There is a fair amount of the "we didn't have TV when I was a kid, we had to make our own fun with a stick and a handful of rocks" kind of thing (he didn't really say that, I made it up to illustrate a point), some rather obvious common sense, parts that I disagreed with and some interesting biographical details.
From his mother: "Listen more than you speak, and think before you speak."
From his father: "Either we spread the wealth in a country where millions of humans go without, or we spread the misery."
A conversation between his father and a doctor who was drinking coffee in the father's restaurant:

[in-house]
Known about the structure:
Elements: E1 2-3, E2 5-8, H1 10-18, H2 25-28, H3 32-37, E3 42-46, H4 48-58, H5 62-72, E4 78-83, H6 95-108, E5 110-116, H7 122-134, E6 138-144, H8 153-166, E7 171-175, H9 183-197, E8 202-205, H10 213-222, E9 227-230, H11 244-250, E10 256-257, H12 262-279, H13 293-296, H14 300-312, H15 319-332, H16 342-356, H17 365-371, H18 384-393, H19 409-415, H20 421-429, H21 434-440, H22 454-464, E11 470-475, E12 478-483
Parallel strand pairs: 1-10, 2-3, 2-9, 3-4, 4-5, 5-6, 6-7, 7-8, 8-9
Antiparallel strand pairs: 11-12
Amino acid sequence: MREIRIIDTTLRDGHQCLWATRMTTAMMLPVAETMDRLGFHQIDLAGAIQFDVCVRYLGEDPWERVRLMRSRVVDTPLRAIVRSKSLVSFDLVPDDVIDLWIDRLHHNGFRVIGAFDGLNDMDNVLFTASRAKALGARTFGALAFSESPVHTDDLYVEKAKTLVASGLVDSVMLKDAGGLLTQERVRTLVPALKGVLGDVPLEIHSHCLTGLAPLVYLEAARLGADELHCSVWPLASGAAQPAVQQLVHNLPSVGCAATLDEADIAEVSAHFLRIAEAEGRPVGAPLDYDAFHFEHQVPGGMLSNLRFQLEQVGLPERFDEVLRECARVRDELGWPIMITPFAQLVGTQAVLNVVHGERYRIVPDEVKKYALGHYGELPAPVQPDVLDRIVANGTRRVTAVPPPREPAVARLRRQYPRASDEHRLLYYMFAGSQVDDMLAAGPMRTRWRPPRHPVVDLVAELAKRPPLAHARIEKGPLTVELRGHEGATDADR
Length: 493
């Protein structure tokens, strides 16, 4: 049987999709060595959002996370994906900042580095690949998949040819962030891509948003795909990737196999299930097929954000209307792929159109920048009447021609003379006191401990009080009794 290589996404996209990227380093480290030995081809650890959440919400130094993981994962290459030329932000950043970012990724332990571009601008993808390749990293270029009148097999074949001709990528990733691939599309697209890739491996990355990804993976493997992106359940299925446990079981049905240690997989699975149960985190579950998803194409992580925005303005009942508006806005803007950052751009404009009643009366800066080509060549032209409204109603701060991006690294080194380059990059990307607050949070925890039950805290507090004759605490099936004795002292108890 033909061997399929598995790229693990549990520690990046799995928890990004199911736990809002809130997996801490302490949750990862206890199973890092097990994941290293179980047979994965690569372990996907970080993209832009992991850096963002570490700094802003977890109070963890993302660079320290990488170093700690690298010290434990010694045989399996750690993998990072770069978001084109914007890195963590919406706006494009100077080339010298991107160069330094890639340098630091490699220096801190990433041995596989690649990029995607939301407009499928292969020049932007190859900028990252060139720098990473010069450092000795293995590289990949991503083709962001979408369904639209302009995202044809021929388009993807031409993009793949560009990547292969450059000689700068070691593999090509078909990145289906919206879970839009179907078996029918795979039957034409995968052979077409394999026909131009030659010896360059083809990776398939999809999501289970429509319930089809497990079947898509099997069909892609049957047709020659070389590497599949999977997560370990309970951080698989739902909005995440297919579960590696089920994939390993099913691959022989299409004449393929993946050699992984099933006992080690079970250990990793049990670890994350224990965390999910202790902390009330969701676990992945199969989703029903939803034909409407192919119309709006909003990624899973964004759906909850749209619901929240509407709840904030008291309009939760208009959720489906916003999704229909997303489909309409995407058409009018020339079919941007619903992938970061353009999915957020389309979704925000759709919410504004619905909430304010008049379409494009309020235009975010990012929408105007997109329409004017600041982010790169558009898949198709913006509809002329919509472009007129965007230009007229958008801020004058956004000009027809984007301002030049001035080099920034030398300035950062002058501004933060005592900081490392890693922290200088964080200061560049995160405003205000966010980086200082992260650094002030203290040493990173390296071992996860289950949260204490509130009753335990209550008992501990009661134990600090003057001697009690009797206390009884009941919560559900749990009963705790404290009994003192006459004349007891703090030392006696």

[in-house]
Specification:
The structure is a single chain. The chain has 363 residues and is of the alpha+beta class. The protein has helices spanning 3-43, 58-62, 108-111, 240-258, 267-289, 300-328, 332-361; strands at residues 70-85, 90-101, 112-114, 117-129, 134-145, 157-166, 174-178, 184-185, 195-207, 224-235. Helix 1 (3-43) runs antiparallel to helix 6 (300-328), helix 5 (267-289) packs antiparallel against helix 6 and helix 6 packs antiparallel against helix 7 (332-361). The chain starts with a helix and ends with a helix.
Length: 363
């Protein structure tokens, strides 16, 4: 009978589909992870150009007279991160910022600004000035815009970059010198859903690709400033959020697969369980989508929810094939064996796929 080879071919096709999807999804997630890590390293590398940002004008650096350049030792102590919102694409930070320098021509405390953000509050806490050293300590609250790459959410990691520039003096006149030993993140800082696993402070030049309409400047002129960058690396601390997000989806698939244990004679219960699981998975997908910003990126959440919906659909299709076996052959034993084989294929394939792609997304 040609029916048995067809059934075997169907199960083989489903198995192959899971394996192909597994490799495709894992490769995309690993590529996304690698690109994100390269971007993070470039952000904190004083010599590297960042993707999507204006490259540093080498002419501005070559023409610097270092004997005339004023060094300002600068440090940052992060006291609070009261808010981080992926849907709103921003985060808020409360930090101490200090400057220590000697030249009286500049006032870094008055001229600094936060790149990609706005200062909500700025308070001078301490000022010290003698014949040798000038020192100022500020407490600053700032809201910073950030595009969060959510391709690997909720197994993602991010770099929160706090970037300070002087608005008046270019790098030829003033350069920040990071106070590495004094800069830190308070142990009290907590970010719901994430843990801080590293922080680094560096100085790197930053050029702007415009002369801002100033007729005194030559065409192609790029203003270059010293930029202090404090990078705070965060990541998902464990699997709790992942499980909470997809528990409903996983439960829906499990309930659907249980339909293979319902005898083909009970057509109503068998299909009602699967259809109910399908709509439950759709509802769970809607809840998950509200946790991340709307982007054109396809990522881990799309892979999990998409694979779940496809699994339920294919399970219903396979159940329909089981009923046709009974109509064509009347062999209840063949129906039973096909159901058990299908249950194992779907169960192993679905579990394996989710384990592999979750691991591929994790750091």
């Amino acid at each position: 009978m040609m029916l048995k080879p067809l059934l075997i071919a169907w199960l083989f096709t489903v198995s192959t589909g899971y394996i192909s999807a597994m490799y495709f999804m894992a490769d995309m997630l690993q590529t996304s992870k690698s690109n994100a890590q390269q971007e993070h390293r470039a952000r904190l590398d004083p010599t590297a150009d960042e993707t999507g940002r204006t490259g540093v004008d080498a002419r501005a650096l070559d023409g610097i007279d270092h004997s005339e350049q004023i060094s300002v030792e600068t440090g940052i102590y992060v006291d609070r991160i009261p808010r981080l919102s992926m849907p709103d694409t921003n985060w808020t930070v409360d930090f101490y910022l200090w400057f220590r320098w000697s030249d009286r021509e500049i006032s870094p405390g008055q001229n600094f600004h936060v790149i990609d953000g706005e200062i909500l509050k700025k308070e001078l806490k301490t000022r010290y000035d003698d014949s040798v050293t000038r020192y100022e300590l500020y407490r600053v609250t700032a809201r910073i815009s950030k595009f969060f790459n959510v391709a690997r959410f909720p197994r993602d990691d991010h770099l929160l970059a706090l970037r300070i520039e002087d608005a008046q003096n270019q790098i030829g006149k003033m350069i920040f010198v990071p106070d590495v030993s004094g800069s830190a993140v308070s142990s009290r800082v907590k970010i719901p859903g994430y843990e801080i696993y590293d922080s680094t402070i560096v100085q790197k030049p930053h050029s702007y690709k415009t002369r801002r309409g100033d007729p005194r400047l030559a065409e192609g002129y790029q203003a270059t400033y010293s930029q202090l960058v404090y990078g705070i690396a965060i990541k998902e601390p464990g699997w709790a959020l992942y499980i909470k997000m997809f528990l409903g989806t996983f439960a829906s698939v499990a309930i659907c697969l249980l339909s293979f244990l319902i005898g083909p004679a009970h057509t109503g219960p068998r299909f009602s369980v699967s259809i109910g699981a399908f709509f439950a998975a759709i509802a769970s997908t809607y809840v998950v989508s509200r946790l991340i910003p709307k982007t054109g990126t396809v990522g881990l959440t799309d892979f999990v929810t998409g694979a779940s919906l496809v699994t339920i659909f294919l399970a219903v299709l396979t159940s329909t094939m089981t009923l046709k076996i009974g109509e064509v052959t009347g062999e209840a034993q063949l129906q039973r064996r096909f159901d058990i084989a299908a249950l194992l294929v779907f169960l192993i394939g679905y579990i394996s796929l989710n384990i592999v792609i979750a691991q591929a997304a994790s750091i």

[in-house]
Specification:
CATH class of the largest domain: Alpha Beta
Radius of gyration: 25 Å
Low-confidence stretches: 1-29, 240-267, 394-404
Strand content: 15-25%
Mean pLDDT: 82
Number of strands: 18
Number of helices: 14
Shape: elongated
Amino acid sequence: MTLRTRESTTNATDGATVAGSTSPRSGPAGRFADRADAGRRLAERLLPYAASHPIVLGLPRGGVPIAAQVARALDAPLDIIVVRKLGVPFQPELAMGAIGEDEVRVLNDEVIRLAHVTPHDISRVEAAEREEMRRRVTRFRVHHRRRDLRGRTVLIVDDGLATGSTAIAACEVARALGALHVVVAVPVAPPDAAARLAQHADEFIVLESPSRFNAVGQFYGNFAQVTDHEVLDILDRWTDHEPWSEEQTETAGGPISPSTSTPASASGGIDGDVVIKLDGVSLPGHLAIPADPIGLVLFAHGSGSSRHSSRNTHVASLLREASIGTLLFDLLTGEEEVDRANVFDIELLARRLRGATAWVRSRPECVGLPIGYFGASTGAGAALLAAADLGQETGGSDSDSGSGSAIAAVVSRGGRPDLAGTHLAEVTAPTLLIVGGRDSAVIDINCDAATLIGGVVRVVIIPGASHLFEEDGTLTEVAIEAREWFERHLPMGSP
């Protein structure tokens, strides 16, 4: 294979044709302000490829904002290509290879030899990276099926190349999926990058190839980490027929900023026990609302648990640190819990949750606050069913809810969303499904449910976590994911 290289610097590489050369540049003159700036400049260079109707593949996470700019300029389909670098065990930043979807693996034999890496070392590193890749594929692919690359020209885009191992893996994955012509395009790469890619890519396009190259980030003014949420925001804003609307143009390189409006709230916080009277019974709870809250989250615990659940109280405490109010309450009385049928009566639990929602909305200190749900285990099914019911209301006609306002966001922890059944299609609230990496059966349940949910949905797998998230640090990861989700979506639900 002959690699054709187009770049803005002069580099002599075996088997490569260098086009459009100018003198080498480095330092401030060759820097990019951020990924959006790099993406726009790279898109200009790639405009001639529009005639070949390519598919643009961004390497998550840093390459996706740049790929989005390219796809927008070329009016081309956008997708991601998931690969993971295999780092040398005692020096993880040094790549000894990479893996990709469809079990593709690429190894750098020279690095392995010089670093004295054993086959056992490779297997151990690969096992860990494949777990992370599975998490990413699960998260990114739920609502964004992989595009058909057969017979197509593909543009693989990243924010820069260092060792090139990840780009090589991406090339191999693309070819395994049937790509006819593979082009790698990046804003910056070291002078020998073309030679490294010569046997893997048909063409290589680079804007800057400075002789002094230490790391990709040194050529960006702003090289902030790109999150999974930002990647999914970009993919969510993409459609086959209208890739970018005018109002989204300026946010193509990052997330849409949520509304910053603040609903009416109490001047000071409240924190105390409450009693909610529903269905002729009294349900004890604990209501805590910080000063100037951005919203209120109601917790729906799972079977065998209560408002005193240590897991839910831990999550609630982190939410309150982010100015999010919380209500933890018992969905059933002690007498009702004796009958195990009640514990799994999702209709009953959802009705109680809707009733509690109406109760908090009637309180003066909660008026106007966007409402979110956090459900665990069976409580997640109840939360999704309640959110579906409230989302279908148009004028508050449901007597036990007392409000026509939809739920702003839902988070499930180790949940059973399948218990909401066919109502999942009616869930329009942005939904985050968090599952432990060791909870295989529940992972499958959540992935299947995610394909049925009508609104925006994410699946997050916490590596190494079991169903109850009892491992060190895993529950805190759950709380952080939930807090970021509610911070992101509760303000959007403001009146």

DOCTOR: Why are the auto workers' wages so high?
FATHER: So they can afford to pay your bills! Why do you charge so much?
DOCTOR: Because we often treat poor people for free.
FATHER: In that case, since we give free coffee to poor people, your coffee [then 10 cents] today is $1.00.
The author is someone for whom I have a great deal of respect, so I wish I could say this was a great book and you should go out and get it. Alas, that is not the case. It's not a bad book and it's an easy read, but nothing earth-shattering.
Oh, yes. The title is The Seventeen Traditions and the author's name is Ralph Nader. Sorry, I guess that was kind of sneaky, but I didn't want to mention the author's name at the beginning. Mere mention of the "N" word (Nader) is enough to get some people riled up or decide what they think before they hear anything.